Note: We are currently testing a redesign of the Bridge Browser individual bridge pages. Everything should still work, but some bugs and visual problems may occur. We hope to have this resolved soon.
This bridge, constructed in 1881 with cast iron compression members, is a very late example of a truss bridge with cast iron compression members. Cast iron was used in bridge construction in the United States mostly from the 1840s through the early 1870s. It quickly gave way to wrought iron, which already was usually used for tension members, since brittle cast iron breaks under tension. Despite being a late example, this bridge is nationally significant as one of the few remaining examples of cast iron bridges in the United States. Additionally, like many cast iron bridges, it displays unique patented design details. In this case, the unique detail is the truss configuration, the only known surviving example of its type. The truss configuration was patented by Lucius E. Truesdell in 1859. Apparently, some examples of a span length longer than the Tilton bridge were built soon after in the Midwest, but soon collapsed under heavy loads, demonstrating that the Truesdell truss was destined to become one of many mid-1800s experiments in bridge design that quickly faded into memory. However, the Tilton Bridge was an exception. Albert D. Briggs, who had been an agent for Truesdell truss bridges, was able to attract the interest of Charles Tilton, who was the grandson of the founder of Tilton, and was using his wealth to create a park on this island. In 1881, Briggs constructed a Truesdell truss that has stood the test of time and remains today in good condition. The short spans seen in this bridge appear to make up for the shortcomings in the truss configuration that led to collapse in the earlier examples. The bridge was likely erected on-site by J. R. Smith of Springfield, Massachusetts.
Be sure to view the National Register Nomination link at the top of this narrative. The extensive nomination documentation provides a detailed history of the bridge.
Click on a thumbnail or gallery name below to visit that particular photo gallery. If videos are available, click on a video name to view and/or download that particular video.
Original / Full Size Photos
|A collection of overview and detail photos. For the best visual immersion and full detail, or for use as a desktop background, this gallery presents the photos for this bridge in the original digital camera resolution.|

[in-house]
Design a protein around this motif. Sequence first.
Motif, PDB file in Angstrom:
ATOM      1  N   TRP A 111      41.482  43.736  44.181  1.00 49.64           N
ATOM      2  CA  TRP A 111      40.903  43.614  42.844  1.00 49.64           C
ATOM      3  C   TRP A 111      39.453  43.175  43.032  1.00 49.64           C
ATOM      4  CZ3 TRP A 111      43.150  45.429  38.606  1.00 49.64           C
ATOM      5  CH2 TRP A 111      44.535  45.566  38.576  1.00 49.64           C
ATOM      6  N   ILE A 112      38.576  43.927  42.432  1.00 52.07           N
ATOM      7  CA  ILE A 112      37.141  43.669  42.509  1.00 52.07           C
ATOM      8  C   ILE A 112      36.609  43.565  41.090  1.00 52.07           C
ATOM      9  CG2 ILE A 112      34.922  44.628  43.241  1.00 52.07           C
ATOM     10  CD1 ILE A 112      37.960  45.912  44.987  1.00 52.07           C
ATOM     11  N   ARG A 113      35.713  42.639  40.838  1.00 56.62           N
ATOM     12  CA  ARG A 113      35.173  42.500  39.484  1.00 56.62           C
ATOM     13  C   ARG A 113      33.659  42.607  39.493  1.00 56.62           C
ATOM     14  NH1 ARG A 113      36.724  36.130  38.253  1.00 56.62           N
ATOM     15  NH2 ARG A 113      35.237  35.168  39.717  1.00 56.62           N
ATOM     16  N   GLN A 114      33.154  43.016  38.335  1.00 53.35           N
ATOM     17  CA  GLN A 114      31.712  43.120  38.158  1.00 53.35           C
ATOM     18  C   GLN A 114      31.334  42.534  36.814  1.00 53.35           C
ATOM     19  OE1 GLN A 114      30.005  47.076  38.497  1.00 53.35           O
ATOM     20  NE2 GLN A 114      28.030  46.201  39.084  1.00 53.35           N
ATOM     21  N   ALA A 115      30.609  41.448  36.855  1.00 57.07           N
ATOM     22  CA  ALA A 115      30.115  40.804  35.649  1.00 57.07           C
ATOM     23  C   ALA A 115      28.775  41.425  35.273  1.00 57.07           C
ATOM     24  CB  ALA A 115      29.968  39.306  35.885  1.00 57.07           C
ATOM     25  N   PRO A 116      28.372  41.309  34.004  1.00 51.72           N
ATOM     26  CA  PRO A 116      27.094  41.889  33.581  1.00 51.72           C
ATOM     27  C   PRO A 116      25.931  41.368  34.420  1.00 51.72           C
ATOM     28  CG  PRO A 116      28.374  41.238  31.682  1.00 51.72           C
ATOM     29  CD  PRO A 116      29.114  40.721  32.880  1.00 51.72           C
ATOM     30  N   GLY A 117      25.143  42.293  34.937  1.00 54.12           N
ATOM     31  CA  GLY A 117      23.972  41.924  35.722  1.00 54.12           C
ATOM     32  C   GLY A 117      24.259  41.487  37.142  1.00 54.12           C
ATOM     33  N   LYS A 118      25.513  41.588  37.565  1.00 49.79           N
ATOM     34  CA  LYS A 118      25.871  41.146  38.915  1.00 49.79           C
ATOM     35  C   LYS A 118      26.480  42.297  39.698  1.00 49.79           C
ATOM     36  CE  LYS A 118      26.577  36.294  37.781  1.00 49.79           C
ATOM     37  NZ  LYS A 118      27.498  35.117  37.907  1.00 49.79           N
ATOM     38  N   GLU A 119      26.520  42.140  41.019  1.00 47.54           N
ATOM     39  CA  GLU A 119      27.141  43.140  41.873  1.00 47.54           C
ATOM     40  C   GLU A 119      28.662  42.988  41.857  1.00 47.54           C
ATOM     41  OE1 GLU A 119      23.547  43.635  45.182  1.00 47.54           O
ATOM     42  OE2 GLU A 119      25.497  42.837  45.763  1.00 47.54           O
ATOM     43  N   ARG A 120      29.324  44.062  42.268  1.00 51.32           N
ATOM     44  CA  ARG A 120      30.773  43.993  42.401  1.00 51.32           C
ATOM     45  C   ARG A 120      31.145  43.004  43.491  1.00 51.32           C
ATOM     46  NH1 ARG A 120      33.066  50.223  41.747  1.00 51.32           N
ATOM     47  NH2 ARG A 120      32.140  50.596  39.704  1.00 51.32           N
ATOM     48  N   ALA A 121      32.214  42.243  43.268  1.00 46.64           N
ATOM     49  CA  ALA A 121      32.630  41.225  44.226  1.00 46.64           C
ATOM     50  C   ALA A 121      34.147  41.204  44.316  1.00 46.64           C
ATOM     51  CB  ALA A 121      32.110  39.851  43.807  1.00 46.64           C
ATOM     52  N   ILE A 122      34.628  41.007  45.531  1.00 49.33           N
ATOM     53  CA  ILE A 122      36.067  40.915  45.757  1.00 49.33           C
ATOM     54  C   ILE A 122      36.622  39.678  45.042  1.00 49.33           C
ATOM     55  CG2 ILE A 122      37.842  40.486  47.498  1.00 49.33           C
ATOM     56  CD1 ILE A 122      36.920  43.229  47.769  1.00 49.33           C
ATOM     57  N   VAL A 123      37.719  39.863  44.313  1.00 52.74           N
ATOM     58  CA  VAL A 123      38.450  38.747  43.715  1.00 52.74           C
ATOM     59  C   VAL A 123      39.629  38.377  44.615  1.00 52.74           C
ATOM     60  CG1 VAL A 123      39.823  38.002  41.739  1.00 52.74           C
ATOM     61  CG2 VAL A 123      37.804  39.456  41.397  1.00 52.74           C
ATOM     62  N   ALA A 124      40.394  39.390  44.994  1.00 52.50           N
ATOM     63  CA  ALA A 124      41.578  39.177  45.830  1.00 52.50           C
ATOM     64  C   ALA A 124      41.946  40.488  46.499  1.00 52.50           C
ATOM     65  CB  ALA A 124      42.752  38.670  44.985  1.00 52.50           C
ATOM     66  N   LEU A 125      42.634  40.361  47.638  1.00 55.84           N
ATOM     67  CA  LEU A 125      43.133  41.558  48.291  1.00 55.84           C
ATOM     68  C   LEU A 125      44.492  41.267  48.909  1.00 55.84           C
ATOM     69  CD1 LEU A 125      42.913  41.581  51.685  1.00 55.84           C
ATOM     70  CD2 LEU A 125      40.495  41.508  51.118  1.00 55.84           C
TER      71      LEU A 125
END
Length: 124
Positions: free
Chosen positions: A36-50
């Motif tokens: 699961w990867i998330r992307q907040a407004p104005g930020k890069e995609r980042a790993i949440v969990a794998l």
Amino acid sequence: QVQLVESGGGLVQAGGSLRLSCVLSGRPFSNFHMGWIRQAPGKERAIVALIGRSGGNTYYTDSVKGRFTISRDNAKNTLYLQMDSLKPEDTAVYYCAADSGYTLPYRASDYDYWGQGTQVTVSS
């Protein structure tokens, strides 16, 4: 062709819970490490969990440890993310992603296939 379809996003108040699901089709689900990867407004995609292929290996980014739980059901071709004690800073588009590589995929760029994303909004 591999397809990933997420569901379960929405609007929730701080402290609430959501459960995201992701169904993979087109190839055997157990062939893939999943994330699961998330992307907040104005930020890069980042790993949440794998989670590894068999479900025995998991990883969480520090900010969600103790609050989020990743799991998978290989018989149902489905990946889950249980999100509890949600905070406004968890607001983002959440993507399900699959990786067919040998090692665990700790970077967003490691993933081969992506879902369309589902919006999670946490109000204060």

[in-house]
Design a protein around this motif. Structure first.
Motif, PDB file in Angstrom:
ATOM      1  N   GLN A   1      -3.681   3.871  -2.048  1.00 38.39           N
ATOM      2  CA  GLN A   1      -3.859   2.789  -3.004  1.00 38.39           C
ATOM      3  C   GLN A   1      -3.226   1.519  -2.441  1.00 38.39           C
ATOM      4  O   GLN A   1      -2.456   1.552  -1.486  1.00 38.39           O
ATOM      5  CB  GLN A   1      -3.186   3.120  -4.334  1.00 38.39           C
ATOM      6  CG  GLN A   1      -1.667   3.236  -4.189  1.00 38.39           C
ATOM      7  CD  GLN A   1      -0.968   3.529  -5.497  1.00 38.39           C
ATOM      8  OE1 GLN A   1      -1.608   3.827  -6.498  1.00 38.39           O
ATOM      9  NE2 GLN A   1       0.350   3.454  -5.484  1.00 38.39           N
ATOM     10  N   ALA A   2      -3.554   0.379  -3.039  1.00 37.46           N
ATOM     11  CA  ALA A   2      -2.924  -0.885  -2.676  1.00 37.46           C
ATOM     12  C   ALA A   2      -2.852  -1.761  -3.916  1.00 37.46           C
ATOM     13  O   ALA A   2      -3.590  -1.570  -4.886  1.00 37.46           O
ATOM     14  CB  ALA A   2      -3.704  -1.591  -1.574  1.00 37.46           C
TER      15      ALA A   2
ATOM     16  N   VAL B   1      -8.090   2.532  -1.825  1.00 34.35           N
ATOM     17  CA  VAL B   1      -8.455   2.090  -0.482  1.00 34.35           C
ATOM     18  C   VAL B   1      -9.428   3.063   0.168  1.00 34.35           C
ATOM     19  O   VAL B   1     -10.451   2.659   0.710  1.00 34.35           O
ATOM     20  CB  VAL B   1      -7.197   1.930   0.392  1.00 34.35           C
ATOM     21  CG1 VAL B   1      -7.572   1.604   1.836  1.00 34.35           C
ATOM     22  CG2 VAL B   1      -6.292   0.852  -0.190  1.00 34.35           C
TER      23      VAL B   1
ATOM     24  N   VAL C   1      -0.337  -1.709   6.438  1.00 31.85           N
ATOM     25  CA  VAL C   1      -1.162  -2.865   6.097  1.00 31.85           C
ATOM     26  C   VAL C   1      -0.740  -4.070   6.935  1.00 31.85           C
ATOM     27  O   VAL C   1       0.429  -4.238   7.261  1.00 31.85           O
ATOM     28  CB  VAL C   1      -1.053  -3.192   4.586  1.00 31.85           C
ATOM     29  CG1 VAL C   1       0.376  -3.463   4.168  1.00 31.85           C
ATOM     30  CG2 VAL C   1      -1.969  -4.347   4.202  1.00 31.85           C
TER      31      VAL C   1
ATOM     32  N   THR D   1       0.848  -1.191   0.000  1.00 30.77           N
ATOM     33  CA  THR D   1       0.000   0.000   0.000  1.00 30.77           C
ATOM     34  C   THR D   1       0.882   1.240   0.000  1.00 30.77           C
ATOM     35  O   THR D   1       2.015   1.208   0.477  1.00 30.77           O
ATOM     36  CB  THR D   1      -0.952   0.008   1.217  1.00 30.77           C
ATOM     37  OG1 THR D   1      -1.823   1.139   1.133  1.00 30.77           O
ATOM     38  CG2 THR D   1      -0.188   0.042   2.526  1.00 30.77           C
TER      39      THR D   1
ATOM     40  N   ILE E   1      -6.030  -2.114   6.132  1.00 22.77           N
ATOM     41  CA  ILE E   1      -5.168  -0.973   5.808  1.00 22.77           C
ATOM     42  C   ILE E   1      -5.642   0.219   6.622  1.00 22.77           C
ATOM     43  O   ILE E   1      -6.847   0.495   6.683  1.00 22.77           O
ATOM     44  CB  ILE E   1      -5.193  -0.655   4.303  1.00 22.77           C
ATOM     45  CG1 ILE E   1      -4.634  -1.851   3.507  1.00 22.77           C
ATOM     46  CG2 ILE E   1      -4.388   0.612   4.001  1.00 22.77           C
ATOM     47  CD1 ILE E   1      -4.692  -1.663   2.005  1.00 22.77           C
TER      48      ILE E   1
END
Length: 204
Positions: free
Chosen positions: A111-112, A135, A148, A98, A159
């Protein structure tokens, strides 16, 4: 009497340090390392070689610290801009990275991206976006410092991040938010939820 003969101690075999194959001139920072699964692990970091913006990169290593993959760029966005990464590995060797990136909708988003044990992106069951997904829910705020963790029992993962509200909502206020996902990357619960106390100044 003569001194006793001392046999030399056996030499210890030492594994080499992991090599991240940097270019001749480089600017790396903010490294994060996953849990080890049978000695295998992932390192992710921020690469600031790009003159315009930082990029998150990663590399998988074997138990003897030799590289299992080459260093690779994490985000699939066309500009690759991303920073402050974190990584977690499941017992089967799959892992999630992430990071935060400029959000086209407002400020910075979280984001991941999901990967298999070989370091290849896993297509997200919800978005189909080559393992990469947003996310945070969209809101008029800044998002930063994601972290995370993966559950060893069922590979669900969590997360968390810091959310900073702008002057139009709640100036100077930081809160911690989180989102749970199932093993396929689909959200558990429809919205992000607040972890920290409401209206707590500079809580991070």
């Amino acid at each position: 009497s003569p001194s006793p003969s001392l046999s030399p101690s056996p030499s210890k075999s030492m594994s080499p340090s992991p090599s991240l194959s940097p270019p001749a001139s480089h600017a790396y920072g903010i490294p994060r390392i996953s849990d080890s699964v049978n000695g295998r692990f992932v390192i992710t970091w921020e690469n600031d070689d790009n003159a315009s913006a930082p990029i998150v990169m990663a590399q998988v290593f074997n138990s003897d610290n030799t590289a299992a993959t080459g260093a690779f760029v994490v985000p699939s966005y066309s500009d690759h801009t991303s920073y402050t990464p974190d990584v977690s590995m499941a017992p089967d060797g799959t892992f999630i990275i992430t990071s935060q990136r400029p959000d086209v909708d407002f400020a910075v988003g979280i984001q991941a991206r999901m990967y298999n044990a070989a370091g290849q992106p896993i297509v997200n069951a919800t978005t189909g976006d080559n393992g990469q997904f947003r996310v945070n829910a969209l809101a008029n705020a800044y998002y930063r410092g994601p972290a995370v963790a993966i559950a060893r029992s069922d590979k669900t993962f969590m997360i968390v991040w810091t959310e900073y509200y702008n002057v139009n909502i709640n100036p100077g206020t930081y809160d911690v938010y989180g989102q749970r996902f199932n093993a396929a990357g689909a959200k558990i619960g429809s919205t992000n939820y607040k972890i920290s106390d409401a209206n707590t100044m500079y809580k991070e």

Mobile Optimized Gallery
|A collection of overview and detail photos. View the photos for this bridge in a reduced size which is useful for mobile/smartphone users, modem
(dial-up) users, or those who do not wish to wait for the longer
download times of the full-size photos. Alternatively, view this photo gallery using a popup slideshow viewer (great for mobile users) by clicking the link below.
Browse Gallery With Popup Viewer
© Copyright 2003-2015, HistoricBridges.org. All Rights Reserved. Disclaimer: HistoricBridges.org is a volunteer group of private citizens. HistoricBridges.org is NOT a government agency, does not represent or work with any governmental agencies, nor is it in any way associated with any government agency or any non-profit organization. While we strive for accuracy in our factual content, HistoricBridges.org offers no guarantee of accuracy. Information is provided "as is" without warranty of any kind, either expressed or implied. Information could include technical inaccuracies or errors of omission. Opinions and commentary are the opinions of the respective HistoricBridges.org member who made them and do not necessarily represent the views of anyone else, including any outside photographers whose images may appear on the page in which the commentary appears. HistoricBridges.org does not bear any responsibility for any consequences resulting from the use of this or any other HistoricBridges.org information. Owners and users of bridges have the responsibility of correctly following all applicable laws, rules, and regulations, regardless of any HistoricBridges.org information.